ACH Thinking and Learning

Major progress in gaining knowledge is always achieved by discovering new abstract ideas (A) and concepts (C) through hypothesis testing (H). Accumulating knowledge on its own does not lead to new ideas because it is almost impossible to recognise novel concepts by simply sifting through the data; people seem reluctant to embrace new ideas for several reasons. They may not be used to thinking because their native ideas do not lend themselves to experimentation and they become discouraged with toying around with ideas. They find new ideas difficult to learn and cannot imagine what use they might be. Or they might simply equate "abstract" with "impractical".

On the other hand, there are ideas which appear to be simple, but their simplicity is deceptive because they lead to the prevention of thinking and also prevent us from learning more than random facts. We therefore have to keep an open mind at all times and realise when a particular concept leads to a dead end, rather than to new ideas.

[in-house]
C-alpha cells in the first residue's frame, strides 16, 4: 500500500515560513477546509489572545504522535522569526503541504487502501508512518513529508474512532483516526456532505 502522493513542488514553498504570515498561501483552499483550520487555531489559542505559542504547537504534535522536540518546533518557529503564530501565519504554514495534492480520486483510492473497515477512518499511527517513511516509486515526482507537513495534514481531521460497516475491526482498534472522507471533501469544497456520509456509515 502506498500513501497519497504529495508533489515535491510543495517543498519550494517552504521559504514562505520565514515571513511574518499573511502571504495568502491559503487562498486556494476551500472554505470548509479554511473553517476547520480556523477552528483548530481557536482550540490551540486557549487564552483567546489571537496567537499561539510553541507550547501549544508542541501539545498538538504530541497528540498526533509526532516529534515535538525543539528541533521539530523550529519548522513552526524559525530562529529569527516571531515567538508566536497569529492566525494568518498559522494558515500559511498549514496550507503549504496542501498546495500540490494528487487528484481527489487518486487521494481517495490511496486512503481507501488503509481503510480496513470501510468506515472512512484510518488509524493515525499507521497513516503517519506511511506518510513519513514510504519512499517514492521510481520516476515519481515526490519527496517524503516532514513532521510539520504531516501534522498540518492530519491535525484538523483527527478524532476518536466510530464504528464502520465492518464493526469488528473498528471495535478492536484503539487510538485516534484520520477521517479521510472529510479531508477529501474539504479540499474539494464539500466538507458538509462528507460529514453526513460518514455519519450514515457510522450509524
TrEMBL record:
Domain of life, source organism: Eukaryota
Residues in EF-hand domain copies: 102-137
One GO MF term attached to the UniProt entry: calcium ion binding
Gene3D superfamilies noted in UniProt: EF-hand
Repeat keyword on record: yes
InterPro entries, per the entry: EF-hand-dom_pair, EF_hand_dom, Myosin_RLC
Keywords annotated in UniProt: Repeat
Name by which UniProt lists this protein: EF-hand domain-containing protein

No one wants to look stupid, but it is the easiest thing in the world to do, especially when we are complacent about thinking and take what appears to be an easy way out. It is necessary to keep asking questions about the world to find out how it works, and these questions should be:

  1. formulated so that they can be answered;
  2. directed at finding out specific, relevant information;
  3. aimed at exposing the concepts behind superficial phenomena; and
  4. set in a problem-based context: What use is our treatment of a topic?
(Adapted from White, 2001)

"Behind medicine there are general bio-cultural ideas about impairments in health and wellbeing which, being learned first, make the rest easier to fit in and to recall."
Earle Hackett. (ABC, 2010)

References

Lee Traynor, 08.11.10, Hannover.